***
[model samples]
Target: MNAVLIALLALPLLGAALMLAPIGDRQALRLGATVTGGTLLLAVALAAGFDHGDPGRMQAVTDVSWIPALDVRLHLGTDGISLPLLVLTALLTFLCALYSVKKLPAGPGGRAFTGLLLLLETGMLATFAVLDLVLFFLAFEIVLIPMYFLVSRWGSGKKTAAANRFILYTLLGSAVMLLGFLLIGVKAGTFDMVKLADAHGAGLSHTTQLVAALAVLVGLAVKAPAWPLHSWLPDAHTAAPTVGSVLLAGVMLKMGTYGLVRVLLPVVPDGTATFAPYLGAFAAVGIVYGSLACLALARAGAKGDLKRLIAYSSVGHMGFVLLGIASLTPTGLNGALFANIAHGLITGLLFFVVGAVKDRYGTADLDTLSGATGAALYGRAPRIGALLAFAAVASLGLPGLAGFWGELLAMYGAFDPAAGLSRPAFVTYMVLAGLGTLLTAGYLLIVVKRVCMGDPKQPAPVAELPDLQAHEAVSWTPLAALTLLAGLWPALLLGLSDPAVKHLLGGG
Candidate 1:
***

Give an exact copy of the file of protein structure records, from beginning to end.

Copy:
[model samples]
Target: MNAVLIALLALPLLGAALMLAPIGDRQALRLGATVTGGTLLLAVALAAGFDHGDPGRMQAVTDVSWIPALDVRLHLGTDGISLPLLVLTALLTFLCALYSVKKLPAGPGGRAFTGLLLLLETGMLATFAVLDLVLFFLAFEIVLIPMYFLVSRWGSGKKTAAANRFILYTLLGSAVMLLGFLLIGVKAGTFDMVKLADAHGAGLSHTTQLVAALAVLVGLAVKAPAWPLHSWLPDAHTAAPTVGSVLLAGVMLKMGTYGLVRVLLPVVPDGTATFAPYLGAFAAVGIVYGSLACLALARAGAKGDLKRLIAYSSVGHMGFVLLGIASLTPTGLNGALFANIAHGLITGLLFFVVGAVKDRYGTADLDTLSGATGAALYGRAPRIGALLAFAAVASLGLPGLAGFWGELLAMYGAFDPAAGLSRPAFVTYMVLAGLGTLLTAGYLLIVVKRVCMGDPKQPAPVAELPDLQAHEAVSWTPLAALTLLAGLWPALLLGLSDPAVKHLLGGG
Candidate 1: